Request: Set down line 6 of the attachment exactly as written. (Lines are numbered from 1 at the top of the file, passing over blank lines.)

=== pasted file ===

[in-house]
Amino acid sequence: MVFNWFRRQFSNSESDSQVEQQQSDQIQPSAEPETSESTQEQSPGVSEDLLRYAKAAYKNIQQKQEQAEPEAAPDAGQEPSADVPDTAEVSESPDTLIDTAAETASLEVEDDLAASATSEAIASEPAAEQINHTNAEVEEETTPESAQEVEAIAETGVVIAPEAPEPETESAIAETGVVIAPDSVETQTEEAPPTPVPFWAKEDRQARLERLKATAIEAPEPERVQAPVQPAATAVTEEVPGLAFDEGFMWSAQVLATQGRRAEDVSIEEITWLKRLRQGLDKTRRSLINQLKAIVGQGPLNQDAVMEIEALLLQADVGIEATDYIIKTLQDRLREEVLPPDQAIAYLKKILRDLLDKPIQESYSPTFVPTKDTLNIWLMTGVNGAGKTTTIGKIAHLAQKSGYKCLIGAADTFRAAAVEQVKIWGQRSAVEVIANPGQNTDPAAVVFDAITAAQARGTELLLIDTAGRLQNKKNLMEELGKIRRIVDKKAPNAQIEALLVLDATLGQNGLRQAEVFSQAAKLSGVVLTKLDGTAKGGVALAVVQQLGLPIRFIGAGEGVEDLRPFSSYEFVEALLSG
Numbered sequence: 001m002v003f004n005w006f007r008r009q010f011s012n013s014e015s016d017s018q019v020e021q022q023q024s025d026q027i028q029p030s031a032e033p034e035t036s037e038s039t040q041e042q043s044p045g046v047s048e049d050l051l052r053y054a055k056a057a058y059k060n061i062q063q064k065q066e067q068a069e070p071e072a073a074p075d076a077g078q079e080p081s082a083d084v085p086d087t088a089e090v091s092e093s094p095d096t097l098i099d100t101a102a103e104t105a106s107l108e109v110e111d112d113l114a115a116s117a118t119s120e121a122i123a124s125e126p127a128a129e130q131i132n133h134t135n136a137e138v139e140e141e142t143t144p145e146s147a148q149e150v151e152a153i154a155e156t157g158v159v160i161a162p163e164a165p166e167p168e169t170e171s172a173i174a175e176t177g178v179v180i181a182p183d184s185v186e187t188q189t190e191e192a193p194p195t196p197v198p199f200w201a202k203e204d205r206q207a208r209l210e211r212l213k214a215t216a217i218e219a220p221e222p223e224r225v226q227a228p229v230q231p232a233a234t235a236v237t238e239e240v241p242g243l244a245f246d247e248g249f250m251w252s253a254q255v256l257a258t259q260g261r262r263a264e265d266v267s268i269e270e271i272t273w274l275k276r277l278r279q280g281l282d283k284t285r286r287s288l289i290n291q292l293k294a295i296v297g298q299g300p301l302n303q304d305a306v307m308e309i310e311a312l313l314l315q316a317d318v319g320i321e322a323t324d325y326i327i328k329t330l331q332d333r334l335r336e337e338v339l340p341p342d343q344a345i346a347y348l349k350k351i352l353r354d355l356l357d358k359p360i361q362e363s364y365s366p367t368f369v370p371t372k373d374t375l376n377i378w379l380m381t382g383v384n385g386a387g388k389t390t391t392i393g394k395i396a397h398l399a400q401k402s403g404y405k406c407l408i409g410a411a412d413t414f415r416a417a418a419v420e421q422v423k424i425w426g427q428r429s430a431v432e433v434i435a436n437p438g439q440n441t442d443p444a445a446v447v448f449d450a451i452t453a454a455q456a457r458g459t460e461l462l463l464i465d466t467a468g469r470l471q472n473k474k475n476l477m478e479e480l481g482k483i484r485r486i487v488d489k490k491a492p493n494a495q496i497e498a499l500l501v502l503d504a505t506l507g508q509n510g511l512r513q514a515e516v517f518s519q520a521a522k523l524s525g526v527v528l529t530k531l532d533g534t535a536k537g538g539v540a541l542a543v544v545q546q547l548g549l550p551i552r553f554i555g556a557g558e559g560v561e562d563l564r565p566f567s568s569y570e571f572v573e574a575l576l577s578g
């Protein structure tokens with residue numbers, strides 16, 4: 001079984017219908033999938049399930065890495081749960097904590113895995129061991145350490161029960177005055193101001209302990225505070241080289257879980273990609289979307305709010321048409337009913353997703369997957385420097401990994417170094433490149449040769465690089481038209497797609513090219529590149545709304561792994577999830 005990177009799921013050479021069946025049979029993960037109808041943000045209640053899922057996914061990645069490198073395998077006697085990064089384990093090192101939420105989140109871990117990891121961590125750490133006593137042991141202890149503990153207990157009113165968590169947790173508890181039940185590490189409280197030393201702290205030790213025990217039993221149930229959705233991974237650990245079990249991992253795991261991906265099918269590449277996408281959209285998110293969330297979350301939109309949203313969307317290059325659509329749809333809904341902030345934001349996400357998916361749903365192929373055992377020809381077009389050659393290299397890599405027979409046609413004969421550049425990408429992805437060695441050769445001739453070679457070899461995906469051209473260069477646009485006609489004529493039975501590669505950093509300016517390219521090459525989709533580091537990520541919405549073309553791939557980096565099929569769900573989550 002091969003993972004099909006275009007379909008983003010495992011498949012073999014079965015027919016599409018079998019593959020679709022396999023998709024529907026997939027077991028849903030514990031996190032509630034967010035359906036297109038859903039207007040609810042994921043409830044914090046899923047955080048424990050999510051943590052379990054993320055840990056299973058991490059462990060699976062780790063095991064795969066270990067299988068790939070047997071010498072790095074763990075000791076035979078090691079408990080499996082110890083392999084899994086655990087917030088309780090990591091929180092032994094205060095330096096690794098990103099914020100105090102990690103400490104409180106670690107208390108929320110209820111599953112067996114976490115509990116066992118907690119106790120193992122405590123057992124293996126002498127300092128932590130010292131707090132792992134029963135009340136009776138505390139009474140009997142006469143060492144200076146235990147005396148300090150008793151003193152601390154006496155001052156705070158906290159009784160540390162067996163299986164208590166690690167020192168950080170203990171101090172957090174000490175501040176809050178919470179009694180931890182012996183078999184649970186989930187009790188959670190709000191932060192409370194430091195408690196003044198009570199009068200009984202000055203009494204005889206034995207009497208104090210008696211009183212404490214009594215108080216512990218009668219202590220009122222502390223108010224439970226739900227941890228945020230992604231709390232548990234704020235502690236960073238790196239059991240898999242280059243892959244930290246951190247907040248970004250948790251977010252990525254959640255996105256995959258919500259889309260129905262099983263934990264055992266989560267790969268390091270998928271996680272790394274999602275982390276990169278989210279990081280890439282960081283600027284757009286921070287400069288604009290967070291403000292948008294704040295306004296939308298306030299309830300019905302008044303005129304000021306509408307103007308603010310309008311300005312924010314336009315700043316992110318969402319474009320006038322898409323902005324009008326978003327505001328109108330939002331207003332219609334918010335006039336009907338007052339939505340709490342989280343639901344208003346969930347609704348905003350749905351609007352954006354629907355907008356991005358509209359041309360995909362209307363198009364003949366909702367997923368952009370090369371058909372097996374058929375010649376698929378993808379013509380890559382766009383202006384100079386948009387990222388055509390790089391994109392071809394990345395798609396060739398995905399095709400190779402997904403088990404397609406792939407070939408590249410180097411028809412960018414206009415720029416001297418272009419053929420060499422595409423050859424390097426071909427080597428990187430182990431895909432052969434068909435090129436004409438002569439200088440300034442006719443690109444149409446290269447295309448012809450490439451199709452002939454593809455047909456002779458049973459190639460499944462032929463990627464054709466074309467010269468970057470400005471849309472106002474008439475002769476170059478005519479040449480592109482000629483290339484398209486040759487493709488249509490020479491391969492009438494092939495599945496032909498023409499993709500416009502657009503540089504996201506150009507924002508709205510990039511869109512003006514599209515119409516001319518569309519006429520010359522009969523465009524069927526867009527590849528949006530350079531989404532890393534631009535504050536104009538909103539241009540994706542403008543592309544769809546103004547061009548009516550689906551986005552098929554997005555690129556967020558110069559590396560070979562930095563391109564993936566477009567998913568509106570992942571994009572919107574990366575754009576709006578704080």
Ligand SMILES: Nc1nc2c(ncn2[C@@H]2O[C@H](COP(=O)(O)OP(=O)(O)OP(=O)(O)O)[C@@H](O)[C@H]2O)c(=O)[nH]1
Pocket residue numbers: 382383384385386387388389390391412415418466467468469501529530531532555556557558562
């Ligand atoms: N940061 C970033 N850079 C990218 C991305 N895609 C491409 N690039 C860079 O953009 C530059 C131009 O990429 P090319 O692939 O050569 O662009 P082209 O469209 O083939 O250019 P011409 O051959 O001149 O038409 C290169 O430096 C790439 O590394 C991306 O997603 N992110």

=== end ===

Pocket residue numbers: 382383384385386387388389390391412415418466467468469501529530531532555556557558562